Re: [xsl] Transforming XML Blockquotes - Mixed Content - XSLT 1.0 Solution

Subject: Re: [xsl] Transforming XML Blockquotes - Mixed Content - XSLT 1.0 Solution
From: Wendell Piez <wapiez@xxxxxxxxxxxxxxxx>
Date: Wed, 20 Apr 2005 15:28:50 -0400

The reason we disparage d-o-e in applications like this is that it violates a basic architectural principle of XSLT, namely that "tags" are the business of parsers (which resolve tagged text into corresponding node trees) and serializers (which write the information held in trees as tagged text), not of the transformation itself.

The technique you're suggesting, "tag writing", is not evil in itself, but since it relies on d-o-e, and since d-o-e allows you to violate the architectural separation between transformation (which operates on a model of an XML document) and control of the tags (which requires direct handling of the syntax of XML) and is therefore optional for XSLT engines -- you'll find any transformation that relies on it will not be portable.

For example, you'll find that although this works in IE (current versions), it doesn't in Mozilla.

That's the immediate practical downside. Other potential downsides are that (a) tag-writing code is more difficult to debug and maintain as problems get complex (as Jay indicates, well-formed output is no longer guaranteed!), (b) it can be a chore to integrate such a transformation into larger frameworks (which often prefer to have parsing only happen once, in front), and (c) (related) there may be performance issues as well (tag writing and parsing requires overhead).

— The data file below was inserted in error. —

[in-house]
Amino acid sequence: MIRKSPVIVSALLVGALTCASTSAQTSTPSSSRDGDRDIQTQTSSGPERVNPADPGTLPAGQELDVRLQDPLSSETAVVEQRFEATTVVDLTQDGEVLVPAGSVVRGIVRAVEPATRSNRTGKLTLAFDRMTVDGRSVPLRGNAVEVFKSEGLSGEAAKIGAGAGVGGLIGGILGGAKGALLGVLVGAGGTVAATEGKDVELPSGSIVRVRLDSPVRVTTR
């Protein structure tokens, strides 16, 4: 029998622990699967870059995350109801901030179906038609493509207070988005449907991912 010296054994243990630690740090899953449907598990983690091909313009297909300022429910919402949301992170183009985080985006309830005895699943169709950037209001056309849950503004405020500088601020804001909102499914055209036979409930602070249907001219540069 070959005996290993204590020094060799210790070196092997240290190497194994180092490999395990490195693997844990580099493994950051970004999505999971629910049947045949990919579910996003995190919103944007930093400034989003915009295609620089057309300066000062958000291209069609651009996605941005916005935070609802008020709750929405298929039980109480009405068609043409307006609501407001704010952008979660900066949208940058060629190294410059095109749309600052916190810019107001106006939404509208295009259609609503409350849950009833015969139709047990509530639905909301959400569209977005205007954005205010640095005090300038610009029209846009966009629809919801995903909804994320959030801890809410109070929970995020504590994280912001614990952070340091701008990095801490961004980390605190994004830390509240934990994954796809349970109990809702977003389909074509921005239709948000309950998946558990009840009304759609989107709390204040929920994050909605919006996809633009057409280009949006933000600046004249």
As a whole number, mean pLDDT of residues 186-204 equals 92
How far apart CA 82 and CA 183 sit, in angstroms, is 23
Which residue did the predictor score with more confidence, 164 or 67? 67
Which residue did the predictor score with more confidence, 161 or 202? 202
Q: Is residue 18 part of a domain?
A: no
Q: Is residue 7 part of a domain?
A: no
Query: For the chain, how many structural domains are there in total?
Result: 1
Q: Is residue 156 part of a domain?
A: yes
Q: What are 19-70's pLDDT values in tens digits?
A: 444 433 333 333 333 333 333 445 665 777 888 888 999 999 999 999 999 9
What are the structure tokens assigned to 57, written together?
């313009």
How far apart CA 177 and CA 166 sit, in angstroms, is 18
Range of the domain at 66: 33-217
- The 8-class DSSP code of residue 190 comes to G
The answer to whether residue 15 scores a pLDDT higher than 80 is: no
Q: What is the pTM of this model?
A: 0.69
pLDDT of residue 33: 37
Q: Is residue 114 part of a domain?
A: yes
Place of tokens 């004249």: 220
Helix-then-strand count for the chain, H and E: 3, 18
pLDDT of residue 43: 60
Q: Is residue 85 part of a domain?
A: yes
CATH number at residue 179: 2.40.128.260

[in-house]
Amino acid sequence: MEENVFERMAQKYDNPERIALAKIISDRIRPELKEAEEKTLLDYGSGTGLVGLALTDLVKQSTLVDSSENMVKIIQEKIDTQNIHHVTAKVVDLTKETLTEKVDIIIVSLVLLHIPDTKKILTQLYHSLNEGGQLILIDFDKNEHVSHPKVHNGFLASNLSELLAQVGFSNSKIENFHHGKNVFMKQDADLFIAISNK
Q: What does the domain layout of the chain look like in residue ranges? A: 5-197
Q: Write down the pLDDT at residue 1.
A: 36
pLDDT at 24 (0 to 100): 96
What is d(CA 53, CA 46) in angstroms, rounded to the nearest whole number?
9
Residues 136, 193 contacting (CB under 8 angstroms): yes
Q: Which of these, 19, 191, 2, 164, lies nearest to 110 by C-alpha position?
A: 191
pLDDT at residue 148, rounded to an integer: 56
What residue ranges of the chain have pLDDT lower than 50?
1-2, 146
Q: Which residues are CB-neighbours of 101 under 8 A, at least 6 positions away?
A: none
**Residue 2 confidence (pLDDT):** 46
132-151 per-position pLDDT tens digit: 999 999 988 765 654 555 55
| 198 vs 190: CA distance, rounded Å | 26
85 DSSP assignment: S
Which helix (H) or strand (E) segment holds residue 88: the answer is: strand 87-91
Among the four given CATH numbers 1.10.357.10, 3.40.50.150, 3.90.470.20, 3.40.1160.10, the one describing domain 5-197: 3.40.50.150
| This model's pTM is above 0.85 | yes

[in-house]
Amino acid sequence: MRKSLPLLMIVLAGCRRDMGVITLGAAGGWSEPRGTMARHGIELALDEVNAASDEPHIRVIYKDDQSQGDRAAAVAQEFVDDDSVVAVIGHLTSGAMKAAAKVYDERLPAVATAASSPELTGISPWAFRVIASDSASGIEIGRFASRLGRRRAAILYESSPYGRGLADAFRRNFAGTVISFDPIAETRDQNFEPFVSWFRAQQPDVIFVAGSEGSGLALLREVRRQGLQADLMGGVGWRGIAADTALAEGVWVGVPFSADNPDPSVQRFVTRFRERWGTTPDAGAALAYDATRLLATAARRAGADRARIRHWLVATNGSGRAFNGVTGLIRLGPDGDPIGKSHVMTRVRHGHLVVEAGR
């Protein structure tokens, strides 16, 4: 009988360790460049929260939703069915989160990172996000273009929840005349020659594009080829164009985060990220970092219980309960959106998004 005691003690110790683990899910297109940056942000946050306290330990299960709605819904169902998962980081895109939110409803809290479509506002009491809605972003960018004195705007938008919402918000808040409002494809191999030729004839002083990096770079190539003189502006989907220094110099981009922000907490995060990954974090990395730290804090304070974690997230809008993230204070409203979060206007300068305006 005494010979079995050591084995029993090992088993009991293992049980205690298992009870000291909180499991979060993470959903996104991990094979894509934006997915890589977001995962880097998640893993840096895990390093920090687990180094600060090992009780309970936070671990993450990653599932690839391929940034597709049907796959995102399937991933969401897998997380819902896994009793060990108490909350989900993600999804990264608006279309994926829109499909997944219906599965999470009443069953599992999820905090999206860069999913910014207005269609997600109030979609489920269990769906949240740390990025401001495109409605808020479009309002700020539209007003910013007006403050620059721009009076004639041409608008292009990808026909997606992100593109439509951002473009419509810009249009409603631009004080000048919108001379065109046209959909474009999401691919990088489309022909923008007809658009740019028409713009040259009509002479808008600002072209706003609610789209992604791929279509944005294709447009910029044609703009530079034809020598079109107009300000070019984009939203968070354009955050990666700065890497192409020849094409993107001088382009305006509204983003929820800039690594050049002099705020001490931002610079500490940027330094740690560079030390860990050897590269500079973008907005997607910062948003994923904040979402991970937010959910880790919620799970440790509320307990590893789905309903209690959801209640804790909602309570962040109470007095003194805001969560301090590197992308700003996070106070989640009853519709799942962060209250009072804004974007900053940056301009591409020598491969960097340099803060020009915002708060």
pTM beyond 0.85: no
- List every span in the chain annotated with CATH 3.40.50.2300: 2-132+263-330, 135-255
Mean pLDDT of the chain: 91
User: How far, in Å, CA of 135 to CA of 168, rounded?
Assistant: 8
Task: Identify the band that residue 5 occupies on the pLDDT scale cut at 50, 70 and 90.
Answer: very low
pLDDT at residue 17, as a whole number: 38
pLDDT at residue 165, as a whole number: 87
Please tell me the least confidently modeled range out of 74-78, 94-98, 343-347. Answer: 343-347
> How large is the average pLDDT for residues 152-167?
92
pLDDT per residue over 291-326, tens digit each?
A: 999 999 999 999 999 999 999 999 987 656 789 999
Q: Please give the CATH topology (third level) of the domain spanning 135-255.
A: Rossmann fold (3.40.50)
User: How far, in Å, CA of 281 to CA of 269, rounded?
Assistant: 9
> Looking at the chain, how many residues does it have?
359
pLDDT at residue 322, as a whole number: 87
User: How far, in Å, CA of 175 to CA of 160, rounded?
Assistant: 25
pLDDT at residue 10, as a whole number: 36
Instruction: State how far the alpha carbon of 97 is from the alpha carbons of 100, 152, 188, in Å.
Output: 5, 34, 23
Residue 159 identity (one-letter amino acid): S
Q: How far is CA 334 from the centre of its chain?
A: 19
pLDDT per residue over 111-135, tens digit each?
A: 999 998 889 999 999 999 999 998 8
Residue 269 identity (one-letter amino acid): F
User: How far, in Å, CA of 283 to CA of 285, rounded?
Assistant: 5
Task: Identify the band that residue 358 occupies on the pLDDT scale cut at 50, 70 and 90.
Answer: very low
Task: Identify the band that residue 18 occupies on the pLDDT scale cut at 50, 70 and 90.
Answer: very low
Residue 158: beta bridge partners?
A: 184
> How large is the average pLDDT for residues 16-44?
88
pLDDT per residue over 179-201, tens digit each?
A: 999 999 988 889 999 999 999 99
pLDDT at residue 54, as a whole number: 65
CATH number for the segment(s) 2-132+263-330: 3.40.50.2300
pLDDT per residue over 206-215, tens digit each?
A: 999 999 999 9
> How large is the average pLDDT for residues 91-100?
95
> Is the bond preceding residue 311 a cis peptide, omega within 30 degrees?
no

But as so often with this kind of thing, the answer is not an absolute "yes it's fine" or "no never do it" -- the devil is in the details, and whether you're in a situation where you can violate the rule without paying too high a price ... can only be determined by taking a good look at your overall processing environment and requirements, now and in the future. Sometimes that's easy; sometimes it's difficult or impossible.

Accordingly, both to play it safe and so that learners can internalize the easy mostly-true answer before having to come to grips with the more-complicated-but-truer answer, whenever anyone suggests tag writing with d-o-e we like to cry foul.


At 02:26 PM 4/20/2005, you wrote:
> So, how else would you get the XSL
> transformation to ignore something like this?

The other way is to not ignore it and instead create a transformation to
deal with it.

> Is there a non-DOE way to do this?

The non-DOE way is how we solved it last week: grouping. That way, we meet
the requirement of well-formedness without resorting to DOE.

Jay Bryant
Bryant Communication Services
(presently consulting at Synergistic Solution Technologies)

Wendell Piez                            mailto:wapiez@xxxxxxxxxxxxxxxx
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